Perhaps I'm spoiled by the satisfying punch that weapons provide while racking up kills in similar games, but the way bringing down opponents feels in Homefront's multiplayer isn't good. Several default weapon classes are made available from the onset; the best of which includes the submachine gun, mostly because it uses a red dot by default, which makes it easier to hit your targets -- and you'll need the help, since the other players will seem pixelated from a distance, as if we're playing Doom.

The sniper rifle seemed like a good idea at first, since the game facilitates camping; then I realized that it's slow to fire and more often than not does not reward you with a one-shot kill.

There are also precious few options on offer. Button layout, for example, is limited to default and southpaw. No tactical, no legacy -- nothing. I found this particularly troubling since I like to use the right analog stick not for melee attacks, but for crouching. Tough beans.

Play modes are even more limited. You've got two multiplayer modes. Two! Team Deathmatch, and Ground Control. Each of the two modes has Battle Commander variations, where a bounty is placed on the head of whoever is on the most impressive killing streak -- an admittedly nice touch. The fact that killstreaks earn experience points which can be used to purchase items in-match is a welcome change of pace too.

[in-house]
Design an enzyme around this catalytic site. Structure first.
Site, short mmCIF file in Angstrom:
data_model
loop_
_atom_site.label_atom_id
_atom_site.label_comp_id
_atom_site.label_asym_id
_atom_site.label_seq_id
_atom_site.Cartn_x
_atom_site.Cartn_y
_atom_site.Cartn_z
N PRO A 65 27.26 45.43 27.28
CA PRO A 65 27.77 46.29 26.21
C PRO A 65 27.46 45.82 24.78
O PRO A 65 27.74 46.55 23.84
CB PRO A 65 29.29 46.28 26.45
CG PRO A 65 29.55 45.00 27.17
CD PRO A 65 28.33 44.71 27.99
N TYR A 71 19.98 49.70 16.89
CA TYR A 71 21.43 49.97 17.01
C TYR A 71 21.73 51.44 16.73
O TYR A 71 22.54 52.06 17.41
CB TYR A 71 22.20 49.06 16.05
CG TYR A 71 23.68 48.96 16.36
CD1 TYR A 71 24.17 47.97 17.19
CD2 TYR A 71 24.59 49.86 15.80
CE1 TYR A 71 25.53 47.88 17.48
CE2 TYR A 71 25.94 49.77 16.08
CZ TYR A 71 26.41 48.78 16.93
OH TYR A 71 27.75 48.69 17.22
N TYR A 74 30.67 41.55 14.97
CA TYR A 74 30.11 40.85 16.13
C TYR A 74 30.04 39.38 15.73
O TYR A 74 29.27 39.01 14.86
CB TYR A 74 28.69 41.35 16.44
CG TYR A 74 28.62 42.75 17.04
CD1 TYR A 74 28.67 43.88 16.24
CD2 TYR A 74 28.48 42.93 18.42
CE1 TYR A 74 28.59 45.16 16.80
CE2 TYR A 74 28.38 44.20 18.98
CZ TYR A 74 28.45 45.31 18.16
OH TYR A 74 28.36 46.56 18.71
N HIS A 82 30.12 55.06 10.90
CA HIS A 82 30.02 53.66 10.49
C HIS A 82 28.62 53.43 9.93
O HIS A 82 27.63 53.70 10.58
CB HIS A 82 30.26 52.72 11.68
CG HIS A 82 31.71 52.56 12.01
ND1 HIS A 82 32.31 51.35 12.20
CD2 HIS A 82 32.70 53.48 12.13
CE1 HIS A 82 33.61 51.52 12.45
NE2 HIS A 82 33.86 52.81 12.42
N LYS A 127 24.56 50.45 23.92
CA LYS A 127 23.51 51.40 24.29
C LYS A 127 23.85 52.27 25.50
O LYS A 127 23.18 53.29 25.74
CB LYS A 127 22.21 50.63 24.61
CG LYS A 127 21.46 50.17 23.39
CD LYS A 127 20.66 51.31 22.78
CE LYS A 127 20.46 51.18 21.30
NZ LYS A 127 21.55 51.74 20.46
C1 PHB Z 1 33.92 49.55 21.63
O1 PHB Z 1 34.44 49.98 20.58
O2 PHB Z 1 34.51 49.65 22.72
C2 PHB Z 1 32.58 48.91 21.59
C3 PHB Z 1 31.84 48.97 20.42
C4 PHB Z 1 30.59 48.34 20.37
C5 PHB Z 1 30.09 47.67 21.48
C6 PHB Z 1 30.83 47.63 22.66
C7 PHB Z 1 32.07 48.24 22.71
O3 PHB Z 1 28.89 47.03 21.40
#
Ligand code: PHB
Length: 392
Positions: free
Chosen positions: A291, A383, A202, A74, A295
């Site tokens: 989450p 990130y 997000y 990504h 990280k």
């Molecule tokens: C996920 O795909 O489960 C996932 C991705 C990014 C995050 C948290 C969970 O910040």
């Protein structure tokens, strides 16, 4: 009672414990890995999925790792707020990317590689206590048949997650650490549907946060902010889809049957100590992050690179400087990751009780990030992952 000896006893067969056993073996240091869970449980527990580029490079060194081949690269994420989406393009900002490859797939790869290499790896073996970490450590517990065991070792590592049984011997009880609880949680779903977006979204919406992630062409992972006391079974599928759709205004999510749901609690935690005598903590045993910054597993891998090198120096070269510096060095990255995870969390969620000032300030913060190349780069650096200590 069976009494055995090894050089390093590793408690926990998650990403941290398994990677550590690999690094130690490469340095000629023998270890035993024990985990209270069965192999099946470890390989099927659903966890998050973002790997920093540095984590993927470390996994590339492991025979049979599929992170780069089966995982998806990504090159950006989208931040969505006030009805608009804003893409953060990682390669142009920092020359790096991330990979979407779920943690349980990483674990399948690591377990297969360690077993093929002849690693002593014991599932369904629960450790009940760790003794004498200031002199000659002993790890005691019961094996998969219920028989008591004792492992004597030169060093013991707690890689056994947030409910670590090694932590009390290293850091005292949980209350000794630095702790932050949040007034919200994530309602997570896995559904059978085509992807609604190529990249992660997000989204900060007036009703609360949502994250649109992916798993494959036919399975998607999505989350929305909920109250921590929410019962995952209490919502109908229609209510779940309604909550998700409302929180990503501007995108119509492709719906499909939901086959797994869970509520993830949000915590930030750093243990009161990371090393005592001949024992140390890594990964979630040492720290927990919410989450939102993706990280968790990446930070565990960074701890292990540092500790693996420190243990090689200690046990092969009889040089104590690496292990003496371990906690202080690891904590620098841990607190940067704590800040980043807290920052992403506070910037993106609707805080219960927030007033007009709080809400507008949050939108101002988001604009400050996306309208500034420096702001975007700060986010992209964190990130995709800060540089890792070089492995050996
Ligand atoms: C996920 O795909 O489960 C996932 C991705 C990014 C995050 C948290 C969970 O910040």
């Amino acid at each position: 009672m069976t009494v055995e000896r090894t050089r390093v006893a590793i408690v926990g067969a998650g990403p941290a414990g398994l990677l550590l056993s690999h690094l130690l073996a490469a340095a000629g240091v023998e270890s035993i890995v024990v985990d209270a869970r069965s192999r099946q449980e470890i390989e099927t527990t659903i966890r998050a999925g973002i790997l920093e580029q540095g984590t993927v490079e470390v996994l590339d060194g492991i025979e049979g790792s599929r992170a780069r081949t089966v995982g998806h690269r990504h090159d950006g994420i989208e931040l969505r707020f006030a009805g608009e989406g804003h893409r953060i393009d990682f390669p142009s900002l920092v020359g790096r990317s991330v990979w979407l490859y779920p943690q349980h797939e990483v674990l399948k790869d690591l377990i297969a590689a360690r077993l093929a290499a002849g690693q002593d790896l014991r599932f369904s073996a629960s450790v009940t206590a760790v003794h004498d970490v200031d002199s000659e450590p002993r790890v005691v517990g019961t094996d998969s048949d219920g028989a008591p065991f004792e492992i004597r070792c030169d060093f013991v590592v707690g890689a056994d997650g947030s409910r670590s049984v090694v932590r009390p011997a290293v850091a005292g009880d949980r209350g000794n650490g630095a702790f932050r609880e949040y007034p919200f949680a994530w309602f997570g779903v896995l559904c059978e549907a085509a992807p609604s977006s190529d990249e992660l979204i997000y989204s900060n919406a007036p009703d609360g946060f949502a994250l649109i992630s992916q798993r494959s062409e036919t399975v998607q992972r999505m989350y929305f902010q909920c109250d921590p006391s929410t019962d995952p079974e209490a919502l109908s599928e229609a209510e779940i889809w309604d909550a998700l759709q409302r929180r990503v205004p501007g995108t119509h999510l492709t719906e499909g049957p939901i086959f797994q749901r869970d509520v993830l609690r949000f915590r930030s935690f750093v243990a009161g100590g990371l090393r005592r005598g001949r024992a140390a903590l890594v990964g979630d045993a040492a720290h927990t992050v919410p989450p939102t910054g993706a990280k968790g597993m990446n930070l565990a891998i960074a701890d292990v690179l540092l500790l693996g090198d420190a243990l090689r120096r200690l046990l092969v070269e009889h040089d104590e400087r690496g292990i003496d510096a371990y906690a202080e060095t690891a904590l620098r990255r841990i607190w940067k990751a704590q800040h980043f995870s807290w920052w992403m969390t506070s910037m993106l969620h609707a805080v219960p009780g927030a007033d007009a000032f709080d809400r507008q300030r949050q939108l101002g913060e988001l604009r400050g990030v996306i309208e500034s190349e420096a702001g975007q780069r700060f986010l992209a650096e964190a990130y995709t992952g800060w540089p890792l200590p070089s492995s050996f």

Overall, however, multiplayer is unsightly, severely limited, and largely forgettable. Meanwhile, the Homefront story is largely entertaining. I genuinely enjoyed striking out with my ragtag cabal and clawing our way to the rebel rendezvous point -- like this game's version of Mospeada's Reflex Point -- where we would fight for the Golden Gate Bridge and for freedom. And so Homefront is still worth at least a rental for fans of the genre, for the opportunity to blaze through an FPS campaign experience with far less polish and far more heart than the usual fare.


Masters's avatar
Staff review by Marc Golding (April 02, 2011)

There was a bio here once. It's gone now.

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EmP posted April 02, 2011:

Brilliant review. You've showcased the game as my views on Medal of Honor screwed on backwards and told me exactly why. We don't agree on many FPS titles, you and I, but I get the feeling that we'll agree on this one.

My one nitpick is how you use examples of cover and use children's (item) twice in quick succsession. I would say that the treehouse example doesn't need that particular subheader.